I figured I would share a handful of stories to put things in to perspective, and give the point of view from the other side. The first paragraph is a bit graphic, so consider this a warning if you’re squeamish.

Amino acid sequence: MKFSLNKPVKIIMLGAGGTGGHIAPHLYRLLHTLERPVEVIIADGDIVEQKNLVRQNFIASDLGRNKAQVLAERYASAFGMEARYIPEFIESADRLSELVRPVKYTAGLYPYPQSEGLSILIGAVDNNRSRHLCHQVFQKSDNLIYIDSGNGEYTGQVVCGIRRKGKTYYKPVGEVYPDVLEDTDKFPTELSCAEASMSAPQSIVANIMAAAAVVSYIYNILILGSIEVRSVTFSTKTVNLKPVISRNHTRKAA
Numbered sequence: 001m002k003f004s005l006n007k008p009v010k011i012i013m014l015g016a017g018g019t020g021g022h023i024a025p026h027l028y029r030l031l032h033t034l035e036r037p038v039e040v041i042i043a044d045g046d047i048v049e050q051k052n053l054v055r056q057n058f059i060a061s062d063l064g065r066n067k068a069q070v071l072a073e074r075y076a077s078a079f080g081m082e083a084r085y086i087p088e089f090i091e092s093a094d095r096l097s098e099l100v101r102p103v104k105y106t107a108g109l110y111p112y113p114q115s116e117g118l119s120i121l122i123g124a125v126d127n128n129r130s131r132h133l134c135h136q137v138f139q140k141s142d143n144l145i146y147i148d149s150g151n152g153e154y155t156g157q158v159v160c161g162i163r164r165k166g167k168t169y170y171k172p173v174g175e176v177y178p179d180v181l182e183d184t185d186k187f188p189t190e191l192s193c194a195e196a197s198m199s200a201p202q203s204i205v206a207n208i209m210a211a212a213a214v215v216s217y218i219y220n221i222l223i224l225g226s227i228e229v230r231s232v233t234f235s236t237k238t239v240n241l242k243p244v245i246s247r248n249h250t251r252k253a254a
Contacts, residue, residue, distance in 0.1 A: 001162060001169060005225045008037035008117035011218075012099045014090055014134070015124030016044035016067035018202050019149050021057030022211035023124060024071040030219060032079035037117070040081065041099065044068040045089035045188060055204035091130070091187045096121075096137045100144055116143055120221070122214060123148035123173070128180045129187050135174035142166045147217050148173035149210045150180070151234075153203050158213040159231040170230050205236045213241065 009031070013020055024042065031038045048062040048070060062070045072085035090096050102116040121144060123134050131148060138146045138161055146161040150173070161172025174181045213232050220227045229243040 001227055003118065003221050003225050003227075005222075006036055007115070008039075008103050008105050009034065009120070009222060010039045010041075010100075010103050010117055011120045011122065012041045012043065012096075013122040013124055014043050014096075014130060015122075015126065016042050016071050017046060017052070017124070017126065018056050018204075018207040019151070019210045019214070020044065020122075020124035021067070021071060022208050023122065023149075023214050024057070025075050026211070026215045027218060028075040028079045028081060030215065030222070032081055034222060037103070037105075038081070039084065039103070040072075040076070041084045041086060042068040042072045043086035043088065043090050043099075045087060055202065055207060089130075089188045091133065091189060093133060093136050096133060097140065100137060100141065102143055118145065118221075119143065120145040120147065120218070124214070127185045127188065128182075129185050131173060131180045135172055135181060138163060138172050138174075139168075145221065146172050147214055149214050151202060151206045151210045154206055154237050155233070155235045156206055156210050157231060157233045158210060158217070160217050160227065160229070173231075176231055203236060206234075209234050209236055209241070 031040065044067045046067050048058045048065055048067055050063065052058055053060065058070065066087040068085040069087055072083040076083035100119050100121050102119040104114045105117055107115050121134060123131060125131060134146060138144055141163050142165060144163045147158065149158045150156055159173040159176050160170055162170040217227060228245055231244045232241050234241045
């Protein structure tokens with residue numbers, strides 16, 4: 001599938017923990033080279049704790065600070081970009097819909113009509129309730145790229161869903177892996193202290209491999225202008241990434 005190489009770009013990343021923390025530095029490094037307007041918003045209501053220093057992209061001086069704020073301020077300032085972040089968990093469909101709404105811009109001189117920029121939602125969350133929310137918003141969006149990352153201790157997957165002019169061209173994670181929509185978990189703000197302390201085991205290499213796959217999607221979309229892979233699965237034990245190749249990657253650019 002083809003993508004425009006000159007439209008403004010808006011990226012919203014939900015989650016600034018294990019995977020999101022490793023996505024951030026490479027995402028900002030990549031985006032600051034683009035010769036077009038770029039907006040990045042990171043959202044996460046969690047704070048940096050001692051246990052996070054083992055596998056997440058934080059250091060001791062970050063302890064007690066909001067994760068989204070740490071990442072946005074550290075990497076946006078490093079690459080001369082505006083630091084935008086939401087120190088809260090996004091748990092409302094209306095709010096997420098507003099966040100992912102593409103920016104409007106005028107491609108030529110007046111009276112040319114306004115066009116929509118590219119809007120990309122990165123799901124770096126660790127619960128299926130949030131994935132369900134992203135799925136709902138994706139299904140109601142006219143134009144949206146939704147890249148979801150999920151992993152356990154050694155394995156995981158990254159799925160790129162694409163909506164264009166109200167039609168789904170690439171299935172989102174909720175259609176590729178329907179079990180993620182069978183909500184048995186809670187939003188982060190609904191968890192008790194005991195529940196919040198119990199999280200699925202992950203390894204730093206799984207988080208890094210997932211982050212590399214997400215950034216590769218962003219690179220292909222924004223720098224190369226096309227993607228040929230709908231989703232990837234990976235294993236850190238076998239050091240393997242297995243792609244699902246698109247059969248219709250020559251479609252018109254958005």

The first homicide I went to involved a man being beaten to death over $7. He and an acquaintance were arguing over the money, and the victim was struck repeatedly on the bridge of this nose with a blunt object. He passed out from the blows, and while lying on the ground the blood from his nasal passage pooled in to his lungs. The coroner actually ruled that he drowned, which until that day I thought was only possible if you actually near water. Live and learn. The first homicide I was assigned to work was when a young man was attempting to purchase stolen video games. He pulled up to a street corner he had been told to go to, showed his $50 to the “seller,” and was shot through the leg by the bad guy. The bullet struck the victims femoral artery, and he bled to death. When we finally caught up to the bad guy he said he had no intention of actually killing anyone, he just wanted to scare him by shooting in to the car. Neither of these homicides made the news, be it print, television, or digital.